Energy-dense nutrient-poor food marketing to children through product packaging: a problem for health and parenting

Food marketing targeting children

Research conducted by Flinders University in South Australia, on marketing through child-oriented food product packaging, found high volume and power of marketing energy-dense nutrient-poor foods (EDNP)1. A large supermarket chain was chosen because the Australian supermarket sector is controlled by two large supermarket chains which essentially sell similar products. Food products in all aisles were assessed for inclusion as child-oriented, using a set of marketing criteria commonly accepted by researchers in this field (see paper for details1). The study found 157 discrete child-oriented products with 75% representing EDNP foods; confectionary, chocolate and snacks were the highest categories of EDNP foods. There was strong occurrence of marketing techniques that appeal to children, such as graphics (99% products), cartoons and celebrities (85% products), claims about health and nutrition (64% products) and cross promotions (77% products). Children are known to be highly attracted to cartoon characters, celebrities and animals, and to prefer foods with cartoon iconography over foods with plain packaging.

Parents in Australia have consistently called for restrictions on the use of cartoon and celebrity characters in marketing foods to children. Many marketing techniques (more than 16 unique marketing techniques) were used, with a median of six marketing techniques per product. There was no significant difference between the application of marketing techniques to healthy or EDNP foods, indicating that food companies appear not to prejudice their marketing towards EDNP foods; this may be exploited in the future for the social marketing of healthy foods to children.

Energy-dense nutrient-poor food marketing should be restricted to prevent childhood obesity

Energy-dense nutrient-poor food marketing targeting children has been identified as contributing to the problem of childhood obesity and we have consequently seen the food industry reduce television advertising to children. However the problem of children’s exposure has not gone away as marketing investment has simply moved to non-broadcast media, and in fact marketing on these new media has the potential to employ more formidable techniques to influence children. Consequently the World Health Organization has called on member countries to restrict exposure and power of EDNP food marketing as a strategy to prevent childhood obesity. Investment in marketing through product packaging is significant and children are a particularly lucrative demographic, making supermarkets a potent site of children’s pester power as they co-shop with their parents. The conflict associated with product refusal makes co-shopping a stressful experience for many parents and one to be avoided, when in fact it could be an important part of a child’s consumer socialization.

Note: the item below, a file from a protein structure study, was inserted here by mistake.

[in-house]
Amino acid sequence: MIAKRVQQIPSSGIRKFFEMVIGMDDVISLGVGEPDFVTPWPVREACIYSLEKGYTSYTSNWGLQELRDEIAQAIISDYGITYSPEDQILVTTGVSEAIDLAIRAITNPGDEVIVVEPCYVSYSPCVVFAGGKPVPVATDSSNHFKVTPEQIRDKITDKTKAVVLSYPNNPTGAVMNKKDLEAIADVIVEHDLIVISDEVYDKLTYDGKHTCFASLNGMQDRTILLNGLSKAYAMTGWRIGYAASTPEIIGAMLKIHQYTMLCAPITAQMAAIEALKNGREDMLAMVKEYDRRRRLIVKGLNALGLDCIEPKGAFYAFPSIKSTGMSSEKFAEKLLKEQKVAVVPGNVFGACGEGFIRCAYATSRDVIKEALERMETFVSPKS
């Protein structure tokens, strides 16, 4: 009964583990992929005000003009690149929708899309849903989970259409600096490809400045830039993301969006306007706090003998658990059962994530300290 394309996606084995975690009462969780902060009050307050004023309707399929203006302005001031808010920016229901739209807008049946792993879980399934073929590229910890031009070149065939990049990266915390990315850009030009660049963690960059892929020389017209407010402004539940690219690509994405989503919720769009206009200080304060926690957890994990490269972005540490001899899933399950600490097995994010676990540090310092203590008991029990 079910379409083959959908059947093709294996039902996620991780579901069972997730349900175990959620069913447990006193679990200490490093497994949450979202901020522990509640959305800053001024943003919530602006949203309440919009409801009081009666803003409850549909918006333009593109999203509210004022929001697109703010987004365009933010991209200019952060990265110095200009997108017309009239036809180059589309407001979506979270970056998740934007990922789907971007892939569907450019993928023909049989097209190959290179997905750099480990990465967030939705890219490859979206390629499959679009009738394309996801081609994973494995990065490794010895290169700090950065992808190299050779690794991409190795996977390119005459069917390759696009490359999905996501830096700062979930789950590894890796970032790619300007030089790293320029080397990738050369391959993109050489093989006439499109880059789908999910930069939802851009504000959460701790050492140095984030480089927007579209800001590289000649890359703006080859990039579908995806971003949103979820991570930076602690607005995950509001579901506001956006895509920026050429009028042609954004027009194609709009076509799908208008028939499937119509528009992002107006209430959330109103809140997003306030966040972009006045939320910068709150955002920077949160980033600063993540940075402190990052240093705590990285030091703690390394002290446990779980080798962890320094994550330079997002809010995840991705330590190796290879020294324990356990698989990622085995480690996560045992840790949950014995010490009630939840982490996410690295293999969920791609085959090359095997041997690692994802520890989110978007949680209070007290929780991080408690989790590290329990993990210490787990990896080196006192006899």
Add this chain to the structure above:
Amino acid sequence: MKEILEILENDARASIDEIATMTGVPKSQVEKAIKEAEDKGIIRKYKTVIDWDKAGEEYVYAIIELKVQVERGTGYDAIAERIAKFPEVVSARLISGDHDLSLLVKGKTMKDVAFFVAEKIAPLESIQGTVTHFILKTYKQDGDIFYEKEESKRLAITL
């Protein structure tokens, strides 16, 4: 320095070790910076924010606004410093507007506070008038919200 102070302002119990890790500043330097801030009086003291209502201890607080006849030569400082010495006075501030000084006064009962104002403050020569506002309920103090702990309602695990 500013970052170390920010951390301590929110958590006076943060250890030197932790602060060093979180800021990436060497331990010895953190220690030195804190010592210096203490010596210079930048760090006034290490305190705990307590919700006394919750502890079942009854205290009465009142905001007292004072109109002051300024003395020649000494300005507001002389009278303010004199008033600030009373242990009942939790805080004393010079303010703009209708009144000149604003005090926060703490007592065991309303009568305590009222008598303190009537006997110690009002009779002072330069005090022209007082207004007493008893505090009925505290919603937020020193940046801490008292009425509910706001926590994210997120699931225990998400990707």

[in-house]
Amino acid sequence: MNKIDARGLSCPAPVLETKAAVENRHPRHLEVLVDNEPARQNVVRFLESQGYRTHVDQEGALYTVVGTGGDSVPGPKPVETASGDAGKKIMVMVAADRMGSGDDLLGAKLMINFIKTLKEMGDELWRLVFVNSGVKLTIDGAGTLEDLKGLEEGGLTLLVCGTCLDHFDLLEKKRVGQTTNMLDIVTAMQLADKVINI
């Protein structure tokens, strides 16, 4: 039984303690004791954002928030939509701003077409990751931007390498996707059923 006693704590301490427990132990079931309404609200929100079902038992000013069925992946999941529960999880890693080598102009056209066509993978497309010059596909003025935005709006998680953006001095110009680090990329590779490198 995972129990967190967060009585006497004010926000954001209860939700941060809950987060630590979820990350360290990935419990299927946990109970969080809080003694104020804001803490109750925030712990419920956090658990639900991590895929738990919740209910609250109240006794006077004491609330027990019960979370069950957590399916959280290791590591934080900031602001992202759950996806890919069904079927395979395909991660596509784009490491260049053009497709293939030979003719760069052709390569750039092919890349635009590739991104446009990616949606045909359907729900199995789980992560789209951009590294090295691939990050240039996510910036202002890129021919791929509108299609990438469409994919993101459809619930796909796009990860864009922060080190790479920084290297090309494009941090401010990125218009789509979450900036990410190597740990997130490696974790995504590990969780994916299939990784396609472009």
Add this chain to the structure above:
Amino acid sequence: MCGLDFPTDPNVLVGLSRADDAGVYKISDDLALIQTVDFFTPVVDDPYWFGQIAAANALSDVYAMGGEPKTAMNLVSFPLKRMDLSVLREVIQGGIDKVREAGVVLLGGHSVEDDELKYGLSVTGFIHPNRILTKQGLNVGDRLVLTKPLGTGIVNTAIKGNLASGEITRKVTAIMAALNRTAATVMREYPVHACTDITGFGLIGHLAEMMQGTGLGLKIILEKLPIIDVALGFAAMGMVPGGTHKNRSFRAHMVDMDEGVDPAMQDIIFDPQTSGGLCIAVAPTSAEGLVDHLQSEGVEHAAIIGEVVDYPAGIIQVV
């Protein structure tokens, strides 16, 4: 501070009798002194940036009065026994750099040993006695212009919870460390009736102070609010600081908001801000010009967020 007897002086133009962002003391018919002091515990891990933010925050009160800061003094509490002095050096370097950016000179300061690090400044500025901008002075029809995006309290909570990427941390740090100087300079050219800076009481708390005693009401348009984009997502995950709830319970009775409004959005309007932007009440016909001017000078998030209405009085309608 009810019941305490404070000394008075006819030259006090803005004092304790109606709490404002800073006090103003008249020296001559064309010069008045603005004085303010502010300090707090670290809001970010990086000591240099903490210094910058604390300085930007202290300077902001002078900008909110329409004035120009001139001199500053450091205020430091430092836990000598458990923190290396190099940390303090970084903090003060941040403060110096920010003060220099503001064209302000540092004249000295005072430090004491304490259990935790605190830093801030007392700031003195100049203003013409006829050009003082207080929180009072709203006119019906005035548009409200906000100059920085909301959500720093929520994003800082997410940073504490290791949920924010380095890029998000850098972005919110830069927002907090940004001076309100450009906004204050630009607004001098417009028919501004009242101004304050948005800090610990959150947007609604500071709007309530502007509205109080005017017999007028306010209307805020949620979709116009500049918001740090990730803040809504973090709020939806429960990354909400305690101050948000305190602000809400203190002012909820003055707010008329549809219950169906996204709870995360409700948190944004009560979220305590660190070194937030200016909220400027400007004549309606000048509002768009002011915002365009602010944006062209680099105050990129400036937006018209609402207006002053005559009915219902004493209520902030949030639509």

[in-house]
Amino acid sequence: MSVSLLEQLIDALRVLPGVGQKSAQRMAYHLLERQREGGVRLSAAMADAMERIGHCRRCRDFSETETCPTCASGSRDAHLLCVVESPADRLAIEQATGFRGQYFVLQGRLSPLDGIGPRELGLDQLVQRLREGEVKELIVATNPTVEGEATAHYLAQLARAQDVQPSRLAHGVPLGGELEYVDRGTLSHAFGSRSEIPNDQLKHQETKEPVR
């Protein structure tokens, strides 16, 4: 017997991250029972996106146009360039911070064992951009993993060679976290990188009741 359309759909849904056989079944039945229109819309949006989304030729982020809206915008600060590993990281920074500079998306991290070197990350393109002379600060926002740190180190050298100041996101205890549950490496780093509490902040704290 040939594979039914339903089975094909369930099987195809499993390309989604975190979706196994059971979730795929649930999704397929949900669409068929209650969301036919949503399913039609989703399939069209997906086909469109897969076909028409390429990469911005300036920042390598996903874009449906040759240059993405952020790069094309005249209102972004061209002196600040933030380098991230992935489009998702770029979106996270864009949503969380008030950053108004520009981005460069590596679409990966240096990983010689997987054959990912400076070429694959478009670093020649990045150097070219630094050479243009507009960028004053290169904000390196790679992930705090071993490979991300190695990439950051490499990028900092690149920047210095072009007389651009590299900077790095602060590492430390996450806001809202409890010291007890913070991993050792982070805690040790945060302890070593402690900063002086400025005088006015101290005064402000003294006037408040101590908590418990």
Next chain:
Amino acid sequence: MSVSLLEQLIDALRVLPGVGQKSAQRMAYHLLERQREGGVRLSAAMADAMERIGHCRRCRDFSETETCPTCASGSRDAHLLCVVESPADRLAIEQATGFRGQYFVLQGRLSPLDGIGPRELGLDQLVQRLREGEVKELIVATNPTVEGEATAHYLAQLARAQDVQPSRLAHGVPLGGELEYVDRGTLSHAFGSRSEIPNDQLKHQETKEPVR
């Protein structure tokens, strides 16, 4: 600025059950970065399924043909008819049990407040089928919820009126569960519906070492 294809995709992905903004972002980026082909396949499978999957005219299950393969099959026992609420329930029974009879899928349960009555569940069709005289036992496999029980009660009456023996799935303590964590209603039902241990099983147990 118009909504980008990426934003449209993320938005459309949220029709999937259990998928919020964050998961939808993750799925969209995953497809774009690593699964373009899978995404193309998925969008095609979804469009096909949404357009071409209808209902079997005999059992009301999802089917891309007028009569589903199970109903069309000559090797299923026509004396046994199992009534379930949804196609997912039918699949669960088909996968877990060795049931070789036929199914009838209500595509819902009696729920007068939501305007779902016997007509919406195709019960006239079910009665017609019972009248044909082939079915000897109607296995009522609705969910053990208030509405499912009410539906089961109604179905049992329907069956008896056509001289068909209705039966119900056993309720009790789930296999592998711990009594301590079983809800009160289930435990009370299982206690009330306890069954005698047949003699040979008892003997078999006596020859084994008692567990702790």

Nutrition and health claims: two possible uses

The study also found claims about health and nutrition on more than half (56%) of EDNP food products. Health and nutrition claims are used by adult and child shoppers to inform their product choices and misleading information signals intent on the part of companies to deceive and confuse consumers. In a qualitative study by Mehta et al. (2010)2, parents expressed concerns about nutrition and health claims exploiting their children’s credulity, while children, on the other hand, described using the very same claims to persuade their parents to purchase products.

Industry self-regulatory codes in Australia, pledging restrictions on EDNP food marketing to children, currently do not extend to product packaging. Children’s high exposure to EDNP food via product packaging, and the associated power of the marketing techniques to influence children’s food choices, warrant serious consideration by policy makers who want to reduce childhood obesity and improve children’s diets generally.

  1. Mehta, K., C. Phillips, et al. (2012). “Marketing foods to children through product packaging: prolific, unhealthy and misleading.” Public Health Nutrition.
  2. Mehta, K., J. Coveney, et al. (2010). Parents’ and children’s experience of food and beverage marketing directed at children. Flinders University. Report to SA Health. South Australian Government, Adelaide.
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